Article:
(577a) Biogas Conversion to Hydrocarbon Fuels Using Bromine Activation and Solid Reactants for Bromine Regeneration | AIChE

(577a) Biogas Conversion to Hydrocarbon Fuels Using Bromine Activation and Solid Reactants for Bromine Regeneration


Julka, V. - Presenter, Aspen Technology Inc.
McFarland, E. W. - Presenter, University of California, Santa Barbara

GRT has developed a process for the selective partial oxidation of methane to produce liquid fuels and high value commodity chemicals. The process does not utilize a synthesis gas intermediate and is tolerant to common methane contaminants including the high concentrations of carbon dioxide present in biomethane.

Three steps are involved. The first step, ?activation?, uses bromine to activate a C-H bond in methane producing methylbromide and HBr.

CH4 +Br2 ---> CH3Br + HBr (1)

In the second step, ?coupling?, the methyl bromide produced in activation is reacted over proprietary zeolite-type catalysts to form higher molecular weight hydrocarbons and HBr. Through careful design of the catalysts and choice of reaction conditions, GRT has shown that the products of the coupling reaction can be controlled to produce gasoline range molecules, aromatics for jet fuels, and a range of valuable chemicals. For ?gasoline?, an idealized equation for the overall reaction can be written as:

8 CH4 + 8 Br2 ---> 8 CH3Br + 8 HBr ---> ?C8H16? + 16 HBr (2)

Here ?C8H16? is used to represent the mixture of actual hydrocarbon products making up gasoline. The third step, regenerates molecular bromine by oxidation of the HBr that is produced as a byproduct in both the activation and coupling reactions (reactions 1 and 2). This step is crucial since the process cannot tolerate loss of bromine. Perhaps the most cost effective small scale process option that GRT has developed for regeneration involves the use of supported metal oxide solid reactants that neutralize HBr and transform the metal oxide into a metal bromide. Bromine is regenerate by contacting the metal bromide with air, transforming the metal bromide back to an oxide.

?C8H16? + 16HBr + 8MO ---> ?C8H16? + 8MBr2 + 8H2O (3)

8MBr2 + 4O2 ---> 8MO + 8Br2 (4)

GRT's initial solid reactant process configuration, referred to as the switched bed process, utilizes three or more fixed bed reactors containing the solid reactant operating in parallel so that while one bed is in HBr capture mode, another bed is in purge mode, and a third bed is in regeneration mode. By switching the role of the beds, quasi continuous operation is possible.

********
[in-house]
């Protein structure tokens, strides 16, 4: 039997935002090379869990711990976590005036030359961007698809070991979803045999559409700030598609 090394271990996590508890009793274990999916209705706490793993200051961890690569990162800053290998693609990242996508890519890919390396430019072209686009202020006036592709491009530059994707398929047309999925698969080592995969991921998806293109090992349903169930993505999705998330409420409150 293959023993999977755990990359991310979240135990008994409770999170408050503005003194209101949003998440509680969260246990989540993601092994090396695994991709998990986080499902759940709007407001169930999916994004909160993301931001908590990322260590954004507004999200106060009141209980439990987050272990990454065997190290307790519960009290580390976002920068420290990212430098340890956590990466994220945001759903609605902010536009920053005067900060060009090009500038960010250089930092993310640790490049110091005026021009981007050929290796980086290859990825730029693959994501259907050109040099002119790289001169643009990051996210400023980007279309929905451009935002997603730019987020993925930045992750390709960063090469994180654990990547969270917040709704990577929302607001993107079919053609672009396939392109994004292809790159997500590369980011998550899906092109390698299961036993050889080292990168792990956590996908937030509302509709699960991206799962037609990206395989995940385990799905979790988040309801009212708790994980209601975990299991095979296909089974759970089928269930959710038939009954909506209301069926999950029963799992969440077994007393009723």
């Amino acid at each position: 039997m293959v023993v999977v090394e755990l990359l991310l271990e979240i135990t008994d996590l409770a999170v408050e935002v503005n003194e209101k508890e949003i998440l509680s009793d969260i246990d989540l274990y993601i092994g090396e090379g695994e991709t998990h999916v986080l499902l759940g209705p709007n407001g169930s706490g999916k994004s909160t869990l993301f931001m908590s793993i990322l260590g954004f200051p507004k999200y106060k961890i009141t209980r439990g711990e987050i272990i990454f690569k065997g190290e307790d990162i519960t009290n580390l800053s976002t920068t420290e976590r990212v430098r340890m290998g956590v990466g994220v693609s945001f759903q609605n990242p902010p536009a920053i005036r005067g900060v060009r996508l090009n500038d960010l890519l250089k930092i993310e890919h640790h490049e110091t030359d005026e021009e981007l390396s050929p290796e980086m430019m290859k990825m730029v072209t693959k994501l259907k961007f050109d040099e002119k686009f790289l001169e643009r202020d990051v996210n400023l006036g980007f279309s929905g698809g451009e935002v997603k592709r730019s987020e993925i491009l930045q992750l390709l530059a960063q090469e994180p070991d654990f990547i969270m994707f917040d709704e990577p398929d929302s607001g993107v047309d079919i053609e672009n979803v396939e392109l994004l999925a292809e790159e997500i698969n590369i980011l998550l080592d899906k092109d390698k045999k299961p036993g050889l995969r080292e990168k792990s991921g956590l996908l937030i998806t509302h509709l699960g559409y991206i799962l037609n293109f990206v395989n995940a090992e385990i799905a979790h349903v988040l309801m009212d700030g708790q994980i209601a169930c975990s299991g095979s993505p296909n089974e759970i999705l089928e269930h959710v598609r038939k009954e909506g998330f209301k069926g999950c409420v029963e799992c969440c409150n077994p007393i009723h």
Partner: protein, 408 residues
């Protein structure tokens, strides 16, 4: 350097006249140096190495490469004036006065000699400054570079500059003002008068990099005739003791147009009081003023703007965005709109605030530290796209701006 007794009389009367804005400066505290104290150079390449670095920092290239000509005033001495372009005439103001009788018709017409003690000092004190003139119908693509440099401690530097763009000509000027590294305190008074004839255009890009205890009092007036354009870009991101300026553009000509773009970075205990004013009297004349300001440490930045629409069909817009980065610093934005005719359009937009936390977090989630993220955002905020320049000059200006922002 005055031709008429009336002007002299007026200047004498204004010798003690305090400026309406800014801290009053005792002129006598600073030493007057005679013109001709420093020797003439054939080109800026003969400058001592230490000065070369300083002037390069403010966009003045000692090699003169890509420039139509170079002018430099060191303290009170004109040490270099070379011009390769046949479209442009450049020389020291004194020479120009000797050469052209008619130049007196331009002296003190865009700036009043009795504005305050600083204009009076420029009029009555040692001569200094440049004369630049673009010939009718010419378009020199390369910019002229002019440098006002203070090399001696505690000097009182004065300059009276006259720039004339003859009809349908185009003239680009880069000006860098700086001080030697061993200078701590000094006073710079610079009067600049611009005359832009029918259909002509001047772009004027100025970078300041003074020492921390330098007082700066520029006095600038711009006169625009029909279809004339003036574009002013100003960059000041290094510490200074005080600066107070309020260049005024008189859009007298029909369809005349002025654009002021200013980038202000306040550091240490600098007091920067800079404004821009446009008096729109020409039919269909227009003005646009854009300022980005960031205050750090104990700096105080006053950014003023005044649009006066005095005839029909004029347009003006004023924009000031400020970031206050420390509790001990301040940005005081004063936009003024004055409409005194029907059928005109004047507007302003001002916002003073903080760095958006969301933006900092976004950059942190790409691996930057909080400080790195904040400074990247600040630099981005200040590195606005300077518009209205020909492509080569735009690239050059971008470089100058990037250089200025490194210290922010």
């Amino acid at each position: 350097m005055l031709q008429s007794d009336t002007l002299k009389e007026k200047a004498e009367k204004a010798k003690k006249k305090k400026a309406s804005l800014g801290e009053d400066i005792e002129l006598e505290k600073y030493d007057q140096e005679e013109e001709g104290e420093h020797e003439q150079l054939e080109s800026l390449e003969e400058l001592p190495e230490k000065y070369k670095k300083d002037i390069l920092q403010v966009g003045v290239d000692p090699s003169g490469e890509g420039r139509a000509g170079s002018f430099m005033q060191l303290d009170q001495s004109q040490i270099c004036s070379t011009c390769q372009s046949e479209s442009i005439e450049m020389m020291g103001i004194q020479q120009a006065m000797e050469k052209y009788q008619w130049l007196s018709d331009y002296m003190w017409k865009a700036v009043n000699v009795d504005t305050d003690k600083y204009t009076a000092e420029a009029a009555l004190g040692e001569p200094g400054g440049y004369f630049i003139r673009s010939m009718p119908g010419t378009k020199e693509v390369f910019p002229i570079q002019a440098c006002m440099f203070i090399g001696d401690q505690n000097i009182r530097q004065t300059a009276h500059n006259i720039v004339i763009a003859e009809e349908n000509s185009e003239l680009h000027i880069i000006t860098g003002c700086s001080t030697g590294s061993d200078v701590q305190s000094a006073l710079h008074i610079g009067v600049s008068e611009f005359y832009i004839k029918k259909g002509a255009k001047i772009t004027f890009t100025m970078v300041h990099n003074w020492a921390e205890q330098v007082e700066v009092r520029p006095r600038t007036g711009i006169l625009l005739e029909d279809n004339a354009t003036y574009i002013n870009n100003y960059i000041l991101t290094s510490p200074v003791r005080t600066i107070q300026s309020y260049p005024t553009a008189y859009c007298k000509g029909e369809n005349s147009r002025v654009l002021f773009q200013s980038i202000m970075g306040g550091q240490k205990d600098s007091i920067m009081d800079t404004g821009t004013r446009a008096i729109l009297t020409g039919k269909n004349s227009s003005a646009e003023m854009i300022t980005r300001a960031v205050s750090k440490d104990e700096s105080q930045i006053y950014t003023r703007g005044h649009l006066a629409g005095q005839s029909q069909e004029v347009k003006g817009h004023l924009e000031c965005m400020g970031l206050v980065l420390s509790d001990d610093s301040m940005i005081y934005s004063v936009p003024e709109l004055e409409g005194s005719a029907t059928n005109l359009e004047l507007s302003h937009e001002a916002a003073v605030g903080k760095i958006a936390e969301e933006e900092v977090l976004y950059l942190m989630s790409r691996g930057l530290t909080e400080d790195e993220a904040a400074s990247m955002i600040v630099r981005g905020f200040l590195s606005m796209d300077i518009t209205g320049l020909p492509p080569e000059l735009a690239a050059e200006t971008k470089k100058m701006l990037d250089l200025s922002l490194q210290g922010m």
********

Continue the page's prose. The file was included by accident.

This talk will focus on the development of solid reactants that enable the switched bed solid reactant process to operate in an efficient and cost effective manner and on reactor design modeling to use data from small scale laboratory reactors to make design demonstration and commercial scale reactors.

The requirements on the solid reactant materials are quite daunting. 1. The solid reactant must have a large capacity for the capture and regeneration of Br2. The size of the solid reactant fixed beds required is of course inversely proportional to capacity. Practical considerations require a capacity of >2 mmol/g.

2. The capacity must be stable for thousands of capture/regeneration cycles. The large capacity requirement implies the material must be highly dispersed, i.e. present as nano scale particles. Sintering and deactivation with cycling is a serious problem.

3. The rates of capture of HBr and regeneration of Br2 must be high enough to give a sharp reaction front in the fixed bed reactor so that breakthrough of HBr and O2 can be avoided. High rates are also beneficial in that they enable faster cycle times and thus smaller amounts of solid reactant.

4. The material must have minimal or no degradation of the hydrocarbon products

5. The material must be packaged on a support with strength and mechanical integrity over cycles that are suitable for commercial operation.

We have developed synthesis strategies and methods for solid reactant materials that address these requirements. In addition we have developed a testing protocol for these materials to guide the synthesis and optimization of better materials. We initially use testing at atmospheric pressure to get data rapidly on a large number of materials. For the best materials, we then conduct laboratory scale tests at pressures up to 15 atm. to give data suitable for scale-up using kinetic data and reactor design models.